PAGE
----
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Durham University

Department of Sociology

Completed Projects

Revitalising the Health Equity Agenda, ESRC Seminar Series

A research project of the Department of Sociology.


Inequalities in health are the focus of considerable research and debate in social sciences. Recent evidence demonstrates inequalities are widening and governments, local authorities, user groups and the public are grappling with evidence and options for action. The aim of this series is to address the need for renewed action and to revitalise policy, practice, and academic work on inequalities in health.

The report of the World Health Organization's Commission on Social Determinants of Health (2008) offered arguments for (i) an explicitly normative commitment to advancing health equity; (ii) a focus on the influence of macro-scale economic and social processes and policy choices on socially patterned differences; and (iii) advancing health equity through policies and interventions outside the health sector. Thus whilst data on inequalities are plentiful and social science offers a number of explanations, in these years of economic recession and austerity policies action appears to be stagnating. How might social science research be supported to reinvigorate potential plans for action?


We propose to do this in a seminar series that has three main objectives:

  • Knowledge creation and capacity building in social sciences and beyond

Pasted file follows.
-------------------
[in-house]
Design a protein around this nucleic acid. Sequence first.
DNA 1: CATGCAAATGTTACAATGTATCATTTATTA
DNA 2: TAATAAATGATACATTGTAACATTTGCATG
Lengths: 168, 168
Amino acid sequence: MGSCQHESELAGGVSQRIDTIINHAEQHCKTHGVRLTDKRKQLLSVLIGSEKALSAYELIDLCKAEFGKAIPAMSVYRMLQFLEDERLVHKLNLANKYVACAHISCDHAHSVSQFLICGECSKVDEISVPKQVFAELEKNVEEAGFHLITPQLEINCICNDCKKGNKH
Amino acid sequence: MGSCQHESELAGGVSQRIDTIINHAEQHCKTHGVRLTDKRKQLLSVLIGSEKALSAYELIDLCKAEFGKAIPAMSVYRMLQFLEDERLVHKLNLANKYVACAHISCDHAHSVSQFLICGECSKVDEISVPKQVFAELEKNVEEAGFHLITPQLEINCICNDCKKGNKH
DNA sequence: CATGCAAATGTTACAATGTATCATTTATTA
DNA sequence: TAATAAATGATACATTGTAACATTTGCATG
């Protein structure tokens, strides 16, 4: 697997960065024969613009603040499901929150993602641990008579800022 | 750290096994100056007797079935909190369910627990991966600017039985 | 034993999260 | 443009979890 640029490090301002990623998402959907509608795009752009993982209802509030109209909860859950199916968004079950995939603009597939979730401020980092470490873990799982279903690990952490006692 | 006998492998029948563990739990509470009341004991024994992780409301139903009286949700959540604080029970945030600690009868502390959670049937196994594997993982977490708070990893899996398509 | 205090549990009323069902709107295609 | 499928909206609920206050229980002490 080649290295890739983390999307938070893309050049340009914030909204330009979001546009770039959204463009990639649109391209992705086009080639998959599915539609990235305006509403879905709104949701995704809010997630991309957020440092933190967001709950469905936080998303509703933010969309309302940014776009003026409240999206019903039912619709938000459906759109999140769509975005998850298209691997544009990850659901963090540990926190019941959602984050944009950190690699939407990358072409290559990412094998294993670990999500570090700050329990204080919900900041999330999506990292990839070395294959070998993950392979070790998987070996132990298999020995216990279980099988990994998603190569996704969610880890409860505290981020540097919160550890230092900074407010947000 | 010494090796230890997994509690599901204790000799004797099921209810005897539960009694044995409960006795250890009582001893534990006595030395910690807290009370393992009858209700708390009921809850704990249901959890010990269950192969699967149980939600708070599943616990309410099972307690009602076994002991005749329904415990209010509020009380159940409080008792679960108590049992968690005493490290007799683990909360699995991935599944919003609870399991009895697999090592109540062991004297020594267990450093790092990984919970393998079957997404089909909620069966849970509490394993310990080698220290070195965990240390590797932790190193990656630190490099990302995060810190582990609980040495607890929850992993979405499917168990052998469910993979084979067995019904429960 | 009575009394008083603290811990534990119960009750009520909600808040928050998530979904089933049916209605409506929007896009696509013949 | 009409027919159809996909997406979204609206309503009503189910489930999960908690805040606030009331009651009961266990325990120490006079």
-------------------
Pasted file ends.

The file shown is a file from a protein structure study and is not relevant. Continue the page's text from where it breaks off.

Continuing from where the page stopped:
• Policy and practice exchange and collaborations
  • Dissemination of findings along with plans to sustain debates through web based and social media


The series comprises three one-day mini-conferences and six smaller, half-day seminars.


Dissemination plans include:

  • The most lasting output will be academic publications in journals such as Social Science & Medicine, Sociology of Health and Illness, Critical Social Policy, Evidence and Policy and
  • Journal of Public Health, which provide resources for the broader social science and user community. We envisage a special issue or sections in journals and at least one edited book given the interest in this topics across academe, policy and practice networks.
  • The Sociology of Health and Illness Study Group of the British Sociological Association will offer opportunities for cross referral and networking, including their on-line newsletter, regional and national meetings and conferences.
  • All participants will be able to take forward ideas from the series into future academic conferences, practitioner fora and their day-to-day work.
  • Summary reports of each event will be written by event organisers. These will be accessible for broad readership and posted on the website, along with presentations and other materials from the seminars.
  • Longer term plan is to work towards establishment of a virtual health equity network (HEN).


Follow this link for information about each Seminar Series Event. 


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